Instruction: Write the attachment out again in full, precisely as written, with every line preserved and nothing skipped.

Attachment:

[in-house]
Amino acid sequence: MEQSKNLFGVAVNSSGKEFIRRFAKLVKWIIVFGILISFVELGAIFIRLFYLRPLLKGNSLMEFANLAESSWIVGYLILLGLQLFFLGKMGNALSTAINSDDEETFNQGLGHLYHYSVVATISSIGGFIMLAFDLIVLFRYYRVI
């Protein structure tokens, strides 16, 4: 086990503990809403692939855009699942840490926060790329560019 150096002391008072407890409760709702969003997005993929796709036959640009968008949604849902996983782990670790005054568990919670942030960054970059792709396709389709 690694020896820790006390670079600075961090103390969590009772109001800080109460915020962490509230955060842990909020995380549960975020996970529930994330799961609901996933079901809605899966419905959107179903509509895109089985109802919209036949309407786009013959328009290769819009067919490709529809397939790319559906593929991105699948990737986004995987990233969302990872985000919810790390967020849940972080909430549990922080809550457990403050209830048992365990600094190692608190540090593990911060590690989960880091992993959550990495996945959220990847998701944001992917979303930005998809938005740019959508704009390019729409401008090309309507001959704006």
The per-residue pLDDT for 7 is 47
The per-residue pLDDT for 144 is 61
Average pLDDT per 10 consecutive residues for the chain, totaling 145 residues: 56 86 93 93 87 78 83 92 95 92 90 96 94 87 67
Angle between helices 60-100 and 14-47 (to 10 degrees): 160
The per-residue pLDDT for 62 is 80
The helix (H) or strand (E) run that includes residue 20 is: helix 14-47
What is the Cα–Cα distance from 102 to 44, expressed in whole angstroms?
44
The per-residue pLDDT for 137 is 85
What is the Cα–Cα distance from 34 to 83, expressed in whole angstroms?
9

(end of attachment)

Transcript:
[in-house]
Amino acid sequence: MEQSKNLFGVAVNSSGKEFIRRFAKLVKWIIVFGILISFVELGAIFIRLFYLRPLLKGNSLMEFANLAESSWIVGYLILLGLQLFFLGKMGNALSTAINSDDEETFNQGLGHLYHYSVVATISSIGGFIMLAFDLIVLFRYYRVI
């Protein structure tokens, strides 16, 4: 086990503990809403692939855009699942840490926060790329560019 150096002391008072407890409760709702969003997005993929796709036959640009968008949604849902996983782990670790005054568990919670942030960054970059792709396709389709 690694020896820790006390670079600075961090103390969590009772109001800080109460915020962490509230955060842990909020995380549960975020996970529930994330799961609901996933079901809605899966419905959107179903509509895109089985109802919209036949309407786009013959328009290769819009067919490709529809397939790319559906593929991105699948990737986004995987990233969302990872985000919810790390967020849940972080909430549990922080809550457990403050209830048992365990600094190692608190540090593990911060590690989960880091992993959550990495996945959220990847998701944001992917979303930005998809938005740019959508704009390019729409401008090309309507001959704006």
The per-residue pLDDT for 7 is 47
The per-residue pLDDT for 144 is 61
Average pLDDT per 10 consecutive residues for the chain, totaling 145 residues: 56 86 93 93 87 78 83 92 95 92 90 96 94 87 67
Angle between helices 60-100 and 14-47 (to 10 degrees): 160
The per-residue pLDDT for 62 is 80
The helix (H) or strand (E) run that includes residue 20 is: helix 14-47
What is the Cα–Cα distance from 102 to 44, expressed in whole angstroms?
44
The per-residue pLDDT for 137 is 85
What is the Cα–Cα distance from 34 to 83, expressed in whole angstroms?
9